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Serving: IA
nitrogen being applied in a cornfield 4R Plus
TIMING KEY: “We apply most of our nitrogen during the growing season so the corn plants can readily use it,” Stu Swanson says. “A stabilizer is added to any N we apply in the fall.”

Keen attention to 4R's has economic benefits

Using the 4R Plus nutrient management strategy helps improve return on investment for crop inputs.

Farmers who use the 4R’s of crop nutrient management — applying the right source, at the right rate, at the right time and in the right place — optimize inputs to maximize plant uptake and minimize field losses. Ten years ago, Stu Swanson, farming in Wright County in north-central Iowa, made the decision to fine-tune the 4R protocol on his corn, soybean and hog operation, and today is reaping the economic and environmental benefits. 

“I see the symbiosis between animal agriculture and crop production. Livestock has been a part of my family’s legacy for several generations,” Swanson says. “Having an understanding of how crops and livestock complement each other helps us reach our sustainability goals. The livestock use the grain that’s produced, and the byproduct of the livestock fertilizes the crop. With crop and livestock production systems working together, efficiencies on the farm have improved, and it’s also good for the environment.” 

Testing soil, manure key 

Soil testing on 2.5-acre grids and regularly testing manure for nutrient content is at the foundation of rethinking nutrients on Swanson’s farm. Hog manure is sampled and analyzed several times throughout the year because feeding systems in the barns vary during the hog production life cycle. Rations fed to small pigs are different than rations fed as pigs grow older toward eventually reaching market weight. And that can change the fertilizer nutrient composition of the manure produced.  

“It’s really important to have a baseline test done each year at each location you’re sourcing the manure from,” he says. “We get a sample at the beginning and then midway through the life cycle and toward the end.”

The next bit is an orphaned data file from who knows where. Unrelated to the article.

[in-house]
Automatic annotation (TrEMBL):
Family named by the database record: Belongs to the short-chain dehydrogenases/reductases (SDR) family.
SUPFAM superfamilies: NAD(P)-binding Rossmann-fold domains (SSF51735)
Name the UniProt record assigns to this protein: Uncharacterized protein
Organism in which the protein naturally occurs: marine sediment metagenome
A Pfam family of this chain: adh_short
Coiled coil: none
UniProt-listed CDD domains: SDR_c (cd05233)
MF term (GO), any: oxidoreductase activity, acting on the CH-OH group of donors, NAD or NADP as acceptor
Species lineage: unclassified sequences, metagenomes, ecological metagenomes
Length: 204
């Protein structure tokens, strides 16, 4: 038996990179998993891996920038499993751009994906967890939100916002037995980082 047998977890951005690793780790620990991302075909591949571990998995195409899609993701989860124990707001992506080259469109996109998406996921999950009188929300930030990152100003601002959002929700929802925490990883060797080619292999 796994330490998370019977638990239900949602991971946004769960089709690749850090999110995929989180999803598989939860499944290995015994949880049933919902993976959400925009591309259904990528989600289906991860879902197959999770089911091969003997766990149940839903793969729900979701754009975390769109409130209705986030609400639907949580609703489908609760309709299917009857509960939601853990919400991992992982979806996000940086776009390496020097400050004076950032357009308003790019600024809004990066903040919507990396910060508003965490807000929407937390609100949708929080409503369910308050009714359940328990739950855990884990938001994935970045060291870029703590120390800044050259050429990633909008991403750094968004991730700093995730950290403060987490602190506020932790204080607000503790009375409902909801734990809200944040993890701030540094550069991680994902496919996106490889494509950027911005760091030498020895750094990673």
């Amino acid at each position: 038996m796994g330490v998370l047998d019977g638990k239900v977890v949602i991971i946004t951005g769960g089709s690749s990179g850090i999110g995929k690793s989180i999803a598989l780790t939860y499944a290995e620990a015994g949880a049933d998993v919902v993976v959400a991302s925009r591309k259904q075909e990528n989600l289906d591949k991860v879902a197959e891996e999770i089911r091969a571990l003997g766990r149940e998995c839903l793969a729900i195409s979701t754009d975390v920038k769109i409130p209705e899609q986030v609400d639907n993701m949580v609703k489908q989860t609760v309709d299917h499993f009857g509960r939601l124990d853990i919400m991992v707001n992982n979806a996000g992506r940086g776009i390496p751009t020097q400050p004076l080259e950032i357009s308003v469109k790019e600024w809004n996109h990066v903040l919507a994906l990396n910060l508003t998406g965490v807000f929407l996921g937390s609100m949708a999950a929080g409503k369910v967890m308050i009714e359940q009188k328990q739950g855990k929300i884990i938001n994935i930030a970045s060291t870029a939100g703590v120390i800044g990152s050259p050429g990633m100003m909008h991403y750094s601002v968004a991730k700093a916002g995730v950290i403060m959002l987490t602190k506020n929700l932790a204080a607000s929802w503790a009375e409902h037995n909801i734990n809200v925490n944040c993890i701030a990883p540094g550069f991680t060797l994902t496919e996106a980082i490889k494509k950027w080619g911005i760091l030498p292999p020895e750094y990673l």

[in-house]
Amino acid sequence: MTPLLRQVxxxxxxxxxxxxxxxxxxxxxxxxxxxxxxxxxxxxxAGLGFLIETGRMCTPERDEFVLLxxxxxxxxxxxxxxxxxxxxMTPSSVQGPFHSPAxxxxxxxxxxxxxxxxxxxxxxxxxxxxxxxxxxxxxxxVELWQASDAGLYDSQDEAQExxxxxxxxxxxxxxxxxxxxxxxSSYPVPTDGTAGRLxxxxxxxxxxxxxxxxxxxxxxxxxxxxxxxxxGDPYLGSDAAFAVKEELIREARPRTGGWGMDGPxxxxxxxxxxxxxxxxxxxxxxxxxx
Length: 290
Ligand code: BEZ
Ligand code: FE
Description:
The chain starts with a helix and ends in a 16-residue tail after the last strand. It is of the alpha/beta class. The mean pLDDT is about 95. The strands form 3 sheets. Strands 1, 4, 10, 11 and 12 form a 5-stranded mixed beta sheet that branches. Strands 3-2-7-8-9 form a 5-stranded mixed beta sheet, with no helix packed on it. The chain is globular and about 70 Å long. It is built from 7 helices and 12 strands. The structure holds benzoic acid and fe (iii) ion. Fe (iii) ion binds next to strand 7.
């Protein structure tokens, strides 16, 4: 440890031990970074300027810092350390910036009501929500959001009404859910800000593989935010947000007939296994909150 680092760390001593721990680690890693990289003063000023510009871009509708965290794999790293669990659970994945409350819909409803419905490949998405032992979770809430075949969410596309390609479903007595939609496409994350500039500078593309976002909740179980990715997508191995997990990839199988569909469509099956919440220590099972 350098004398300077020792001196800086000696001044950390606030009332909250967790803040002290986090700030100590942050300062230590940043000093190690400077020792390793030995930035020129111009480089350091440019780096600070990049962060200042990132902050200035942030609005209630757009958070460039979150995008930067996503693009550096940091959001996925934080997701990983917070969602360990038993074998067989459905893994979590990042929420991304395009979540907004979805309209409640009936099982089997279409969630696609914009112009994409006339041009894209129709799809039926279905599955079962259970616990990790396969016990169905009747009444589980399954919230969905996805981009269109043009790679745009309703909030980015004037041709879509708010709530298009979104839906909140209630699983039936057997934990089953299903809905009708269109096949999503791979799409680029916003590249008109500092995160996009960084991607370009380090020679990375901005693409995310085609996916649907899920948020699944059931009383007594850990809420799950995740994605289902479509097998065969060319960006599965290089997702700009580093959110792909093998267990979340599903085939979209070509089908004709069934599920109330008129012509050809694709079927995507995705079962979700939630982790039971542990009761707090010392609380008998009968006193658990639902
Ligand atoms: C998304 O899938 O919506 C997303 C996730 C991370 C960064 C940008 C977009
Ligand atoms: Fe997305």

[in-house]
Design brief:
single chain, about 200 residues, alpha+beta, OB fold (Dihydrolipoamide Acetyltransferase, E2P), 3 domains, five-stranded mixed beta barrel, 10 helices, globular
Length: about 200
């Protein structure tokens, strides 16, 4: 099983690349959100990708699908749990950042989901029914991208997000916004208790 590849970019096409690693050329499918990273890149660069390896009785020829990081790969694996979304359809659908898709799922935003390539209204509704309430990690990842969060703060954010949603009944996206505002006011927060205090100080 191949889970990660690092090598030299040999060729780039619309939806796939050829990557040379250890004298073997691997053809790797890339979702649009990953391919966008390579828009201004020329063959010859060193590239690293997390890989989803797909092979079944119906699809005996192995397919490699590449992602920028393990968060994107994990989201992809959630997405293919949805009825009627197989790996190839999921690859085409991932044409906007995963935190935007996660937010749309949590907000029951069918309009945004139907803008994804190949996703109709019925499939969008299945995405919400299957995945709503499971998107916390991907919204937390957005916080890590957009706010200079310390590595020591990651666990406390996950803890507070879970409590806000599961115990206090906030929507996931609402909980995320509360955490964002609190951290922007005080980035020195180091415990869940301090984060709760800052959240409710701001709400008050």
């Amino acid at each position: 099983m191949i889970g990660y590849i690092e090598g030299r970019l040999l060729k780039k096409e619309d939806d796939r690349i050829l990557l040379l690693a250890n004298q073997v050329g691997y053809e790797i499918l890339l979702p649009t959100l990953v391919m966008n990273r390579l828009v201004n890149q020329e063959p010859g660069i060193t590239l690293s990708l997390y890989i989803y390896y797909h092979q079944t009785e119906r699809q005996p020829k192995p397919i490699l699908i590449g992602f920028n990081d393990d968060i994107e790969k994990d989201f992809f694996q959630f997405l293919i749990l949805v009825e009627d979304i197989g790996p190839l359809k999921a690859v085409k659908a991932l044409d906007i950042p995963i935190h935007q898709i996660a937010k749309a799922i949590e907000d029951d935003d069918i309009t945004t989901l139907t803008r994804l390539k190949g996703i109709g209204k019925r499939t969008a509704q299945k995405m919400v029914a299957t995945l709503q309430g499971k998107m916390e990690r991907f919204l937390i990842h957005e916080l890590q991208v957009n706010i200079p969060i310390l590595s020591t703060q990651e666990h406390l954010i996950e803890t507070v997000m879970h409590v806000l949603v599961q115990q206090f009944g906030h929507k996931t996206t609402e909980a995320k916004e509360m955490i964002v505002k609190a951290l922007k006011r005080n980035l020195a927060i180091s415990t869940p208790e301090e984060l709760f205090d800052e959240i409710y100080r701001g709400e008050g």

He says taking several samples of the manure is especially important in lagoon systems where you may be drawing from the surface. “When you get down to where more of the solids are located in the manure storage structure, whether it’s an outdoor lagoon or a concrete pit under the hog building, the nutrient analysis can change in a hurry,” he notes. “That’s why I say the more samples, the better.” 

Testing has resulted in less money spent for commercial fertilizer. “I didn’t give full credit to the benefits of manure the first 20 years I farmed,” Swanson says. “An intensive focus on getting the right mix of organic and commercial fertilizers to balance soil fertility has paid off in terms of crop yield and has resulted in an acceleration of soil health gains, which is rewarding.” 

Timing enhances productivity 

In addition to testing soil and manure, Swanson knew based on the principle of “right time,” it was better for the environment to limit fall anhydrous applications. In his farming operation today, most of the nitrogen for the corn crop is applied during the growing season, and a nitrogen stabilizer is added to the little bit of anhydrous that’s applied in the fall. 

Using various soil conservation practices also helps limit nutrient loss and improve water quality. Buffer strips minimize erosion and loss of nutrients from Swanson’s fields. “We have more than 5 miles of buffers to help keep the soil in place," he says.  

Additionally, through careful evaluation, Swanson has moved his less-productive land into conservation programs, enhancing the return on the productive cropland acres. “Using the Conservation Reserve Program or a similar program on the less-productive areas of a field makes more sense than spending money on inputs that subtract from the bottom line,” he says. 

Plans for future 

Changes Swanson makes to his farming system need to accommodate the weather, which has become less predictable. In the future, using a Y-drop system for applying liquid nitrogen fertilizer for corn will improve upon the principles so the crop receives the “right amount” of nitrogen at the “right time.” 

“Adding the Y-drop system would allow me to make adjustments in application based on the weather,” he explains. “It would give me a lot more flexibility to do early or late sidedressing of nitrogen based on weather and soil conditions — improving the timing of applications.” 

Fine-tuning his nutrient management has helped Swanson maximize the return on his investment and maintain a high level of productivity. “I wish I had made the changes I now have in place sooner,” he adds. “The 4R standards help to make farmers wise stewards of inputs.” 

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